Public sector unhappy with Microsoft price rises

Public sector IT group hits out at price rises and has some criticism of the role of resellers in communicating it

Microsoft's price increases have not gone down well with public sector customers and the channel has also come...

in for some criticism for failing to spell out the extent of the impact of the changes.

The software vendor revealed earlier this year that it was making changes to its pricing structure from the start of last month, with the aim of simplifying things. That meant that there would be an introduction of single prices in some areas and the removal of complicated discount structures in others.

At the time of the announcement the firm also indicated that Government pricing was going to be offered at the lowest commercial pricing and customers would be given a price sheet that guides them through breaking down the cost of a purchase.

With some of the commercial prices of Office 2019 increasing by as much as 10% the prospects that public sector customers would also have to pay more were high. 

That situation appears to have left some in the public sector far from satisfied with Microsoft, with The society for IT practitioners in the public sector (Socitm), sharing its reaction to price increases and the pressure to sign up before next month, or risk further hikes.

The software vendor had wanted contracts for Office 2019 sealed before next month or those delaying would face the prospect of an additional 5% price increase. The lobby group has called for an extension to be made until March next year.

The group also hit out at the channel, complaining that resellers had not been the best at communicating what was going to happen with pricing.

"Communication (via resellers) of changes needs to be improved in the future to help customers understand change and impact, so that they could plan for it in a timely manner," Socitm stated.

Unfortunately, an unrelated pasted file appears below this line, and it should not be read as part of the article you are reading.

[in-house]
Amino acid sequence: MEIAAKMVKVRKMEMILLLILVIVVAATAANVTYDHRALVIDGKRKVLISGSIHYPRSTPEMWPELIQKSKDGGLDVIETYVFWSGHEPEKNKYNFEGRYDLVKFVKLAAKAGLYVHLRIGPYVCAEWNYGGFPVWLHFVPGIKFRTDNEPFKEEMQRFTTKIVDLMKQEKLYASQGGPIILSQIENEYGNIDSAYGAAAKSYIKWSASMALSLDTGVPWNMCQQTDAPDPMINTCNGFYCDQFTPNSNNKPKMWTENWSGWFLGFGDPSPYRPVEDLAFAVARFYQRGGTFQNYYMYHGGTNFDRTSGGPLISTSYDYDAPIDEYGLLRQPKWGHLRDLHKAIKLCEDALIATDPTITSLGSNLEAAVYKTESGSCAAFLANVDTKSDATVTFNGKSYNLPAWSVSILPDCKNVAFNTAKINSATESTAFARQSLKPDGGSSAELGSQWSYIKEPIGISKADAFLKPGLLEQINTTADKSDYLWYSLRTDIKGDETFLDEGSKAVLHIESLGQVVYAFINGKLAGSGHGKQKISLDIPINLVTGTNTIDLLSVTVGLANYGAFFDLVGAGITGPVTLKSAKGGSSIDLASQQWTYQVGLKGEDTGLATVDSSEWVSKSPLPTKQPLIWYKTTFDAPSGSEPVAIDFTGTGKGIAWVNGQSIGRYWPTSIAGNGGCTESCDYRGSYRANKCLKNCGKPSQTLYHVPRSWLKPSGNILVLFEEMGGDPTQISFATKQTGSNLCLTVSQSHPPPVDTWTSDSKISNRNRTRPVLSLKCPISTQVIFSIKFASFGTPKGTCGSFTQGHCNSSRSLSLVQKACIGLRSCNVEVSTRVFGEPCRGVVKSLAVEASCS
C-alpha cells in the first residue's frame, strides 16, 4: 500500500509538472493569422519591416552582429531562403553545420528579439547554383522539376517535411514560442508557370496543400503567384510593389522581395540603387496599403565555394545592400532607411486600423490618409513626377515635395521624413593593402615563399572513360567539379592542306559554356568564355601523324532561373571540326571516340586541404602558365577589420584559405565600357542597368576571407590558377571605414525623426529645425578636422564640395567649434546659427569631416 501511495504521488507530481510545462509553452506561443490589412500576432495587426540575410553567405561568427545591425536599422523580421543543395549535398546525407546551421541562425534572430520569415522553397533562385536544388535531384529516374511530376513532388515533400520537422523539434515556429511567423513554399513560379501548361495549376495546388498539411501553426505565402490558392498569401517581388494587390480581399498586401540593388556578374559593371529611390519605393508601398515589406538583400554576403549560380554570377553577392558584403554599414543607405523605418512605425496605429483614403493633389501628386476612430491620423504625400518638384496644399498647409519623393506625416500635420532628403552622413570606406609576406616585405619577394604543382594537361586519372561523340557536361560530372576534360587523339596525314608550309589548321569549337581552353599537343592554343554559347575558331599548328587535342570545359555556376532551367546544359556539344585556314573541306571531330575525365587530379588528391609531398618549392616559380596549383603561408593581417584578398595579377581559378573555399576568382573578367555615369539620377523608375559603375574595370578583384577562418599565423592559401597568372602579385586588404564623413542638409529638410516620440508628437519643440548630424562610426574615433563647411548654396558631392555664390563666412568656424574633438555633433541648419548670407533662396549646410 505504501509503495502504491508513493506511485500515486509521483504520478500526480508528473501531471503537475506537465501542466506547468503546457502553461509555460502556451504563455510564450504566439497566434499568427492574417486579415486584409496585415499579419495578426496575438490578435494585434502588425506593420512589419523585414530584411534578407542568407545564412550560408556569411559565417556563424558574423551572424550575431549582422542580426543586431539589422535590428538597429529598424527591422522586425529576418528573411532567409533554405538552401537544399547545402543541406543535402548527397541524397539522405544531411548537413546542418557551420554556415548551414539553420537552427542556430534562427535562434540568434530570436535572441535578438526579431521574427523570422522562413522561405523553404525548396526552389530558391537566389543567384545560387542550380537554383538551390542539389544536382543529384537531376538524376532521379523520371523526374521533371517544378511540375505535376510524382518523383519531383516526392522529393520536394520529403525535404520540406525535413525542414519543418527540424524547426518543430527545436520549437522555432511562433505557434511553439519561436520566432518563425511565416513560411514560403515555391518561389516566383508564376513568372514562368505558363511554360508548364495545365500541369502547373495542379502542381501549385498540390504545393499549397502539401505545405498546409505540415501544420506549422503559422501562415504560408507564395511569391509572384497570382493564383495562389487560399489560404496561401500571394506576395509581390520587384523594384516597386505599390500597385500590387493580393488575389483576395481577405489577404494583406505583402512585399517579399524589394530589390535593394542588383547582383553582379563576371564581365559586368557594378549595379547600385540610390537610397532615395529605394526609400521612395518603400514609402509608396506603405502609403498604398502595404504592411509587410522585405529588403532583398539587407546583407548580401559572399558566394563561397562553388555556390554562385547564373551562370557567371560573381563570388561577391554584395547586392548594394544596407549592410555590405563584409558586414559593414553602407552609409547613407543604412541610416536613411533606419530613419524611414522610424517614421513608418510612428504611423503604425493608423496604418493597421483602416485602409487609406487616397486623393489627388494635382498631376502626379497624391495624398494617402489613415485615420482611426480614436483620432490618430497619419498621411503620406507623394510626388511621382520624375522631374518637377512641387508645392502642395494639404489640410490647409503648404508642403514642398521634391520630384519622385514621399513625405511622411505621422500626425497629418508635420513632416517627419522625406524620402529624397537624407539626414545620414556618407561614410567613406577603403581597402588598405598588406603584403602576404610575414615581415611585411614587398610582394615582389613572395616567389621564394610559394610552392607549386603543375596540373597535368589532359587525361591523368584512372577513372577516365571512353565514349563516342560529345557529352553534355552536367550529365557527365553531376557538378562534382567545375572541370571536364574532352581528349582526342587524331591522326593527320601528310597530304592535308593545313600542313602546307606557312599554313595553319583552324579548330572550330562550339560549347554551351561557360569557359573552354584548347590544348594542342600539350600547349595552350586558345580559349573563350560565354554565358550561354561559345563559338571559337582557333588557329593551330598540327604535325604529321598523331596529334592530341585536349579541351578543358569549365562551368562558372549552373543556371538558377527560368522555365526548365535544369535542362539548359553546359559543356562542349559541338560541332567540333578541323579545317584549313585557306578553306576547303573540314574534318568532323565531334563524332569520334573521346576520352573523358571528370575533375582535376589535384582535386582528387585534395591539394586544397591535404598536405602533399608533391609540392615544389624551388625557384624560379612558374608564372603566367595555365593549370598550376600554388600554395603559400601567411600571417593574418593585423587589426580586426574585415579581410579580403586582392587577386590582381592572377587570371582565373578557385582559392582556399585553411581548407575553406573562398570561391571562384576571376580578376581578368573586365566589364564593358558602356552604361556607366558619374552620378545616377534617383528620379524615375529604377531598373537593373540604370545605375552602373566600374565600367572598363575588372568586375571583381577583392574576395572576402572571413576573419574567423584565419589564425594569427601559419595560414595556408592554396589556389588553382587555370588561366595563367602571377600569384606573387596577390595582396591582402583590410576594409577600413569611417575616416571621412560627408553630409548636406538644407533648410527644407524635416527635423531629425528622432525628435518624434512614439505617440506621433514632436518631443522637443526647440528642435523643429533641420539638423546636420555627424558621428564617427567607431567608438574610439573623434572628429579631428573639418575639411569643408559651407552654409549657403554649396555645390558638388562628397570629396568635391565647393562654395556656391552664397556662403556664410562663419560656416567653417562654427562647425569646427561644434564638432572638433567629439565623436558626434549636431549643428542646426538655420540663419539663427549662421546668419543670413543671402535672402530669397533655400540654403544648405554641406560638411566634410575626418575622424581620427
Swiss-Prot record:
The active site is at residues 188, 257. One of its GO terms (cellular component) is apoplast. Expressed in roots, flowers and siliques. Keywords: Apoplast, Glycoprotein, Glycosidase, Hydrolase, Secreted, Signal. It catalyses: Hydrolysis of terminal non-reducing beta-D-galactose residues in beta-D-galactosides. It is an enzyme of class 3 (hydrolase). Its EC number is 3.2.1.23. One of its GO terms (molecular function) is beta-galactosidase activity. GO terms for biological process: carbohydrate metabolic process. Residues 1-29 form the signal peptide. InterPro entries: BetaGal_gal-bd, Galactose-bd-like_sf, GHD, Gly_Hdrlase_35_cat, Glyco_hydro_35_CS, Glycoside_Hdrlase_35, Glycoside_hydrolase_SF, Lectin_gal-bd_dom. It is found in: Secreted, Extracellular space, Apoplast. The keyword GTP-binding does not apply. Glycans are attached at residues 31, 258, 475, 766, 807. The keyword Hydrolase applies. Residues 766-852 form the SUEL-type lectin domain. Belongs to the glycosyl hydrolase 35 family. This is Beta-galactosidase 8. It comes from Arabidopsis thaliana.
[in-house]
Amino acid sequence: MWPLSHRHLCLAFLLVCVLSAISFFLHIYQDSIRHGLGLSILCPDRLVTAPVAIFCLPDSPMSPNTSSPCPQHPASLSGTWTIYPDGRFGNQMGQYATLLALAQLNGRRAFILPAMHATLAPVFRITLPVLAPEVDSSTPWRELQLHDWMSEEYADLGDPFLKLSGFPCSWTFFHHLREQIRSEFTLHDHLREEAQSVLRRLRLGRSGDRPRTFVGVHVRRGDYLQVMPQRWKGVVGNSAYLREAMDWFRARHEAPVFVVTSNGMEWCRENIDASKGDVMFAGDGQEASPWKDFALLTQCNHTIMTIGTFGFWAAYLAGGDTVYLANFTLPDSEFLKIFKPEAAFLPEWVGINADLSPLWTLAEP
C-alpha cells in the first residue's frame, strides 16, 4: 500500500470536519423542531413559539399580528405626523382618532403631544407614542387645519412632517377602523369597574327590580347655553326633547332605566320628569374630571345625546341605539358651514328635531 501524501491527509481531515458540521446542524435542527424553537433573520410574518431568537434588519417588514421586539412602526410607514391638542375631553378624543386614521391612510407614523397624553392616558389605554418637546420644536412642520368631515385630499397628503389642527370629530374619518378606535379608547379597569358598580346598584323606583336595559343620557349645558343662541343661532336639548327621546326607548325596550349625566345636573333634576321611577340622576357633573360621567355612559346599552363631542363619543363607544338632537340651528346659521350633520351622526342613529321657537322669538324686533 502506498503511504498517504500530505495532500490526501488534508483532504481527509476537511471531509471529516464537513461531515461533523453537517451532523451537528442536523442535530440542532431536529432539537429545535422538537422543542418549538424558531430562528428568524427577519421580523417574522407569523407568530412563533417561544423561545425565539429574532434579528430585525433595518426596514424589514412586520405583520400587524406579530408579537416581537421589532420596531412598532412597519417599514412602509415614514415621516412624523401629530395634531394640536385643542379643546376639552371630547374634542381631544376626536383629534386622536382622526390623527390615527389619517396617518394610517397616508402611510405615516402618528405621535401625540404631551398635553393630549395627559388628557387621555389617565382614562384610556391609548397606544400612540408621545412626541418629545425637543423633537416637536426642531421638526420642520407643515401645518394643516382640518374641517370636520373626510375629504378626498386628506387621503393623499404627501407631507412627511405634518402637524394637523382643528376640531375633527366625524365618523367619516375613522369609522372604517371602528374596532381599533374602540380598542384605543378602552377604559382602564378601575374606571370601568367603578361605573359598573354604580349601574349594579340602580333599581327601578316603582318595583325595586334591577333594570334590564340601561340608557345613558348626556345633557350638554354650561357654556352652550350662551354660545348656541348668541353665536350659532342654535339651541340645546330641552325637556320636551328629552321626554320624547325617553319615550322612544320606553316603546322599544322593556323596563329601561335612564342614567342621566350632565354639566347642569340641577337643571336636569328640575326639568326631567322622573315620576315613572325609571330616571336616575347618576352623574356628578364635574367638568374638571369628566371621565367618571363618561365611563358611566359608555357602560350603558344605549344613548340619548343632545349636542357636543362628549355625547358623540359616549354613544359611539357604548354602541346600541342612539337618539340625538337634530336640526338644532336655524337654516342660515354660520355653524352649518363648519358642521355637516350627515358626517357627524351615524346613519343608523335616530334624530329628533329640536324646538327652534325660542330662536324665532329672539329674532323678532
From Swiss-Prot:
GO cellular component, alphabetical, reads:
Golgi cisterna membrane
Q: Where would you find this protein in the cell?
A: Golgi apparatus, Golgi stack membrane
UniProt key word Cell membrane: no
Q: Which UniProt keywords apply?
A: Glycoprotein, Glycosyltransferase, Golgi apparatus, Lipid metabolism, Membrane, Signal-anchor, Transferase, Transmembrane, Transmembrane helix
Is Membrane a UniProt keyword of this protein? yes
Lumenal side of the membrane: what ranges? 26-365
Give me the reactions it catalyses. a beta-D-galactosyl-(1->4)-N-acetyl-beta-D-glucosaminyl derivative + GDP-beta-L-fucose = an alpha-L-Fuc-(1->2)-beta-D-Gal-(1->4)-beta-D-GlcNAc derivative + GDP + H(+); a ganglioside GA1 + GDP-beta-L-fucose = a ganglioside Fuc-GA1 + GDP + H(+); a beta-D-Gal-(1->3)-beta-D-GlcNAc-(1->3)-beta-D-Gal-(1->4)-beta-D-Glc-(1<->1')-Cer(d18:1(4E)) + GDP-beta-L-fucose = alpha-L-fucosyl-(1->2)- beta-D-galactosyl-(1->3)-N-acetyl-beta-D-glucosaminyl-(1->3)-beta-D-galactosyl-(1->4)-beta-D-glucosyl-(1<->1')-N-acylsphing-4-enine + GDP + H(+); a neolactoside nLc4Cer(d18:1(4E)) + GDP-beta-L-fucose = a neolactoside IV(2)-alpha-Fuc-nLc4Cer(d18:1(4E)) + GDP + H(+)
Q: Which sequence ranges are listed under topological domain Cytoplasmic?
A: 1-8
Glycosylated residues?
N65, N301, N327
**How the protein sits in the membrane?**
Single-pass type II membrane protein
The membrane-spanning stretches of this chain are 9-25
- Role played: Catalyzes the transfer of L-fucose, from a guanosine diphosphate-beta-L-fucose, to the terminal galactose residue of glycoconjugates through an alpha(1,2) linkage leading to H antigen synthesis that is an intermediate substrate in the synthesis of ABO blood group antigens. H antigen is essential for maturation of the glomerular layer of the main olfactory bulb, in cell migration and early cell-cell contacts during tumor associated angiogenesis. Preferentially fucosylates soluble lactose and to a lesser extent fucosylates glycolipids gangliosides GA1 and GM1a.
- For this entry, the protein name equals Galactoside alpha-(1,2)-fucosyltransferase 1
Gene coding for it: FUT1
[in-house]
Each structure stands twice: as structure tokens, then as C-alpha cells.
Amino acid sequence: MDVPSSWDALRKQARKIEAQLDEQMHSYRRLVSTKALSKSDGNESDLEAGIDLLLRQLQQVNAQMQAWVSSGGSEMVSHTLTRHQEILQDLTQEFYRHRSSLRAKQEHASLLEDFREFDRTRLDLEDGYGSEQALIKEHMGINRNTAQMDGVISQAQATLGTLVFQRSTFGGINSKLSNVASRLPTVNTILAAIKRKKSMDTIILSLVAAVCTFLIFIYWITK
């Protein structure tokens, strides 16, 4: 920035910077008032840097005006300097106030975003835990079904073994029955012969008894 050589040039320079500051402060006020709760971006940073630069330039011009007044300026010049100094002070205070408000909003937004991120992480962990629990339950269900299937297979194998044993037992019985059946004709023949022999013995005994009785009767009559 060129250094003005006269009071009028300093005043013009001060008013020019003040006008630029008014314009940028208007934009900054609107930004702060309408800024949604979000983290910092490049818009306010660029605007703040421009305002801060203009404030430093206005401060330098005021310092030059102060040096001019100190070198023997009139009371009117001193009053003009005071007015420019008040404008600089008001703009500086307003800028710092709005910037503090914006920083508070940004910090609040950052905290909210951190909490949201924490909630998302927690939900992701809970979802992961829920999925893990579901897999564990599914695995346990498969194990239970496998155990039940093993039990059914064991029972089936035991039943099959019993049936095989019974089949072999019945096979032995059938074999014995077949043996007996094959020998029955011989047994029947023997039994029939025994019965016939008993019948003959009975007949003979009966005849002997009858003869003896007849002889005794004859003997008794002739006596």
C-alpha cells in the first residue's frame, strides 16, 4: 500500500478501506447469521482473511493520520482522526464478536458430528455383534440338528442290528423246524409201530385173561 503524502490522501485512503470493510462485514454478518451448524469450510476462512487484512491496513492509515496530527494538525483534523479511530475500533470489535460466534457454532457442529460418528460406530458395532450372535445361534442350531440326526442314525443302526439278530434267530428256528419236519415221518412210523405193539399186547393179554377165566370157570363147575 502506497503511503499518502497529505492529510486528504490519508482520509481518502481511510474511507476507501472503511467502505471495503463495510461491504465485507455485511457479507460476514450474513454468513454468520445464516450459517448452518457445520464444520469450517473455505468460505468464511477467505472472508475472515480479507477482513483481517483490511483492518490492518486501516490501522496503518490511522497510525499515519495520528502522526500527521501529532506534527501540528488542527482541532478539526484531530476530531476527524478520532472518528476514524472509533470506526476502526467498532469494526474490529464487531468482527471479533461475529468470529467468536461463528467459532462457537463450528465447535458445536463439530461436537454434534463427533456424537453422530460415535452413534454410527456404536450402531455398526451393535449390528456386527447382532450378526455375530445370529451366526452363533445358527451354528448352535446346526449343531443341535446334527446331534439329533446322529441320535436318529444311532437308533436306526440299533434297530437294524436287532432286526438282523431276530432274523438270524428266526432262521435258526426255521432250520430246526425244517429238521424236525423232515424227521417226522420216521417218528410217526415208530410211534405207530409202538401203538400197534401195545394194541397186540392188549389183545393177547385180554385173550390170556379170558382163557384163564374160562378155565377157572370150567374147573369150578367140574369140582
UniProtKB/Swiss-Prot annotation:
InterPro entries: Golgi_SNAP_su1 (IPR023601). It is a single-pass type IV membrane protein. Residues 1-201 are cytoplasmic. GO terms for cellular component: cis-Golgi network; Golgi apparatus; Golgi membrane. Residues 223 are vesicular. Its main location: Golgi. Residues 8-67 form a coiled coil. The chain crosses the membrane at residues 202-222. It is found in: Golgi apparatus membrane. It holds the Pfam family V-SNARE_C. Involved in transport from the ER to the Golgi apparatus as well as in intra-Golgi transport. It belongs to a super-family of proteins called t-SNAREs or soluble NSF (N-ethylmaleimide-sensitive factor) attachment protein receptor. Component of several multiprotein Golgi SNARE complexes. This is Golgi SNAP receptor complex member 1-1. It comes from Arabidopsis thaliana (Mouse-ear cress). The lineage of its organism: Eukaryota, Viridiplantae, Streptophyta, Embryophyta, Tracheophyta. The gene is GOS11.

The public sector has faced years of austerity and constrained budgets and Socitm is asking Microsoft if that sector can "receive the same discounted rates as education and the third sector".

Socitm and Microsoft met at the end of last month and the vendor indicated that it was mindful of the position of the public sector and told the group that it would be looking to reduce costs and improve services for that customer base where it was possible.

For those in the channel with software asset management skills this might be the moment to target public sector clients.

Speaking back in September, Matt Fisher, SVP product strategy at Snow Software, said that those customers that did not keep a grip on their software spending could end up paying more.

“With Microsoft running in nearly all enterprises, many customers in both the private and public sector will feel the pain of the price adjustments...Microsoft Office 2019 price hikes will result in increased spend for organisations, especially those who are not measuring their software usage and reconciling it against what they are paying for," he said.

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